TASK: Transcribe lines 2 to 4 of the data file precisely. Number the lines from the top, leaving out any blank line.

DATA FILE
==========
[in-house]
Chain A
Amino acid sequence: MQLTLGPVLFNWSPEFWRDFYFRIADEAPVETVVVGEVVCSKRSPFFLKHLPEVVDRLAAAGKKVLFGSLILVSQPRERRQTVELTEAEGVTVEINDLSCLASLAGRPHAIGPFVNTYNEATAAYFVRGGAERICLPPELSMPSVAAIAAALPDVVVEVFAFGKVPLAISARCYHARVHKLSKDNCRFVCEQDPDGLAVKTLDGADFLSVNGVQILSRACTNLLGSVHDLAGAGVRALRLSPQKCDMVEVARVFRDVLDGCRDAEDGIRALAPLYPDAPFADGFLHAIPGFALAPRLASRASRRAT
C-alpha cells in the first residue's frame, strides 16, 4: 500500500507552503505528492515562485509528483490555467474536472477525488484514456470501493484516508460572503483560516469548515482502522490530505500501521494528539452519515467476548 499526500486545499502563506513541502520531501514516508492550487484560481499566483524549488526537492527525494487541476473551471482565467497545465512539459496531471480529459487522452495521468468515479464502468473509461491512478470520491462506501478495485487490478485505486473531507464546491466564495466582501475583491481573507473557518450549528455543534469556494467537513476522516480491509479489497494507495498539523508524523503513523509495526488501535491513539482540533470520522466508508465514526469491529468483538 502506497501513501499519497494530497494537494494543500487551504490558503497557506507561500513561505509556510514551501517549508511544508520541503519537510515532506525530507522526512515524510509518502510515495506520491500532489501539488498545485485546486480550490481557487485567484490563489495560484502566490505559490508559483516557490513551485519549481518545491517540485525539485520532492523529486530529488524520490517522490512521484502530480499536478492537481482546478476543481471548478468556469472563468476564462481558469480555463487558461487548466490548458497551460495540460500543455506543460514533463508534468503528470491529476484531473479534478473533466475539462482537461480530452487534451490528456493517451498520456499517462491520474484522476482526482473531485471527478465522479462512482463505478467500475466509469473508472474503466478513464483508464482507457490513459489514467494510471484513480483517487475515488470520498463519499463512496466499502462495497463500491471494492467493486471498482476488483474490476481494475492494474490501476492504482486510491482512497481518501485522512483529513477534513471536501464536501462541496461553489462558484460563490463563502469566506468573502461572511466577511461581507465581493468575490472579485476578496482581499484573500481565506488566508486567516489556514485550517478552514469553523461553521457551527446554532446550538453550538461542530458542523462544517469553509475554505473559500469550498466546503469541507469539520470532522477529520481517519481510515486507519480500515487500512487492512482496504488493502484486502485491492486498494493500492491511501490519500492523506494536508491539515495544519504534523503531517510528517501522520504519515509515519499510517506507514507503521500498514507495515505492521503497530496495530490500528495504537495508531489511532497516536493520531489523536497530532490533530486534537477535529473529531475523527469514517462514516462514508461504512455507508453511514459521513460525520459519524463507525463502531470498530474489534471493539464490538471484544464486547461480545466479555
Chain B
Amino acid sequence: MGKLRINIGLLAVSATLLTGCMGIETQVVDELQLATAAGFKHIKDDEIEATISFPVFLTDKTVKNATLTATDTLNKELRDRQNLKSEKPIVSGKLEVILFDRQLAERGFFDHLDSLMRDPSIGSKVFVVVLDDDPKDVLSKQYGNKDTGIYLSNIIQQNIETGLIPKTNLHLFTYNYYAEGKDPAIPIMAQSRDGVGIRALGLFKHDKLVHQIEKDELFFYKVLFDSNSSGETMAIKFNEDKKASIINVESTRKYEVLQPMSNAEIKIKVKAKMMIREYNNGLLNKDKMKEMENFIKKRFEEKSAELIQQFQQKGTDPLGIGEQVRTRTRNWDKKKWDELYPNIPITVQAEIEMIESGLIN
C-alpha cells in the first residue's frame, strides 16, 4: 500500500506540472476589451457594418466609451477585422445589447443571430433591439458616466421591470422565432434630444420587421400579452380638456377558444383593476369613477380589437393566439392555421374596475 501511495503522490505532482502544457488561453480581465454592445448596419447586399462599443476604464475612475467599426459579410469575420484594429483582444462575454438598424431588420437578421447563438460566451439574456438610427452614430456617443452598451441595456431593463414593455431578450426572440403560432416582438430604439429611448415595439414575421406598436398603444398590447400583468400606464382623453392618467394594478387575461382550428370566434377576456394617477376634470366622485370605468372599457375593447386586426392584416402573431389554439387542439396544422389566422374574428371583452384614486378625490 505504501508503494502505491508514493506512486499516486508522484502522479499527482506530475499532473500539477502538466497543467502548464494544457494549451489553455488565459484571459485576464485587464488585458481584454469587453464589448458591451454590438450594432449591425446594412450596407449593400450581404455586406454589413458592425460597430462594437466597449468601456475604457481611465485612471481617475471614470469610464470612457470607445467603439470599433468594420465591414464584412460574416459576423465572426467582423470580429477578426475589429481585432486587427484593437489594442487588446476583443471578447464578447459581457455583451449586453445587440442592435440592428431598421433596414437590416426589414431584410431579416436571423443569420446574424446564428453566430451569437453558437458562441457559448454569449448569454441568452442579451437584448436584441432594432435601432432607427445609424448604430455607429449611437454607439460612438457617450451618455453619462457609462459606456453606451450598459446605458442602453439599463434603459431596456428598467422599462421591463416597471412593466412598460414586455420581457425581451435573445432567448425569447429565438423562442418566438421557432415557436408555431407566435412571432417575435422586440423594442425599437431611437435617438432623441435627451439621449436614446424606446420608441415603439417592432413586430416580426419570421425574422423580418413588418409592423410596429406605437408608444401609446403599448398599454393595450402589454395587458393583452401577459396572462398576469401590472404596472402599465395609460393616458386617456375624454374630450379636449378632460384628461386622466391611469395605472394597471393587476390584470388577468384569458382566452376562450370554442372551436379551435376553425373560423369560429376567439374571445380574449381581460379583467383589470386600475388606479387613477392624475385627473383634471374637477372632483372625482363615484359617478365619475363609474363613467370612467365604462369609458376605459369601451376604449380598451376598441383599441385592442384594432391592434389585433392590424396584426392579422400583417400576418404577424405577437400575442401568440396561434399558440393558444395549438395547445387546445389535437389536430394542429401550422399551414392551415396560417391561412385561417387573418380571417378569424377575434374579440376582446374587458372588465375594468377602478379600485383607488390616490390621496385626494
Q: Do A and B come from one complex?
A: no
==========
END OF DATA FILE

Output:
Chain A
Amino acid sequence: MQLTLGPVLFNWSPEFWRDFYFRIADEAPVETVVVGEVVCSKRSPFFLKHLPEVVDRLAAAGKKVLFGSLILVSQPRERRQTVELTEAEGVTVEINDLSCLASLAGRPHAIGPFVNTYNEATAAYFVRGGAERICLPPELSMPSVAAIAAALPDVVVEVFAFGKVPLAISARCYHARVHKLSKDNCRFVCEQDPDGLAVKTLDGADFLSVNGVQILSRACTNLLGSVHDLAGAGVRALRLSPQKCDMVEVARVFRDVLDGCRDAEDGIRALAPLYPDAPFADGFLHAIPGFALAPRLASRASRRAT
C-alpha cells in the first residue's frame, strides 16, 4: 500500500507552503505528492515562485509528483490555467474536472477525488484514456470501493484516508460572503483560516469548515482502522490530505500501521494528539452519515467476548 499526500486545499502563506513541502520531501514516508492550487484560481499566483524549488526537492527525494487541476473551471482565467497545465512539459496531471480529459487522452495521468468515479464502468473509461491512478470520491462506501478495485487490478485505486473531507464546491466564495466582501475583491481573507473557518450549528455543534469556494467537513476522516480491509479489497494507495498539523508524523503513523509495526488501535491513539482540533470520522466508508465514526469491529468483538 502506497501513501499519497494530497494537494494543500487551504490558503497557506507561500513561505509556510514551501517549508511544508520541503519537510515532506525530507522526512515524510509518502510515495506520491500532489501539488498545485485546486480550490481557487485567484490563489495560484502566490505559490508559483516557490513551485519549481518545491517540485525539485520532492523529486530529488524520490517522490512521484502530480499536478492537481482546478476543481471548478468556469472563468476564462481558469480555463487558461487548466490548458497551460495540460500543455506543460514533463508534468503528470491529476484531473479534478473533466475539462482537461480530452487534451490528456493517451498520456499517462491520474484522476482526482473531485471527478465522479462512482463505478467500475466509469473508472474503466478513464483508464482507457490513459489514467494510471484513480483517487475515488470520498463519499463512496466499502462495497463500491471494492467493486471498482476488483474490476481494475492494474490501476492504482486510491482512497481518501485522512483529513477534513471536501464536501462541496461553489462558484460563490463563502469566506468573502461572511466577511461581507465581493468575490472579485476578496482581499484573500481565506488566508486567516489556514485550517478552514469553523461553521457551527446554532446550538453550538461542530458542523462544517469553509475554505473559500469550498466546503469541507469539520470532522477529520481517519481510515486507519480500515487500512487492512482496504488493502484486502485491492486498494493500492491511501490519500492523506494536508491539515495544519504534523503531517510528517501522520504519515509515519499510517506507514507503521500498514507495515505492521503497530496495530490500528495504537495508531489511532497516536493520531489523536497530532490533530486534537477535529473529531475523527469514517462514516462514508461504512455507508453511514459521513460525520459519524463507525463502531470498530474489534471493539464490538471484544464486547461480545466479555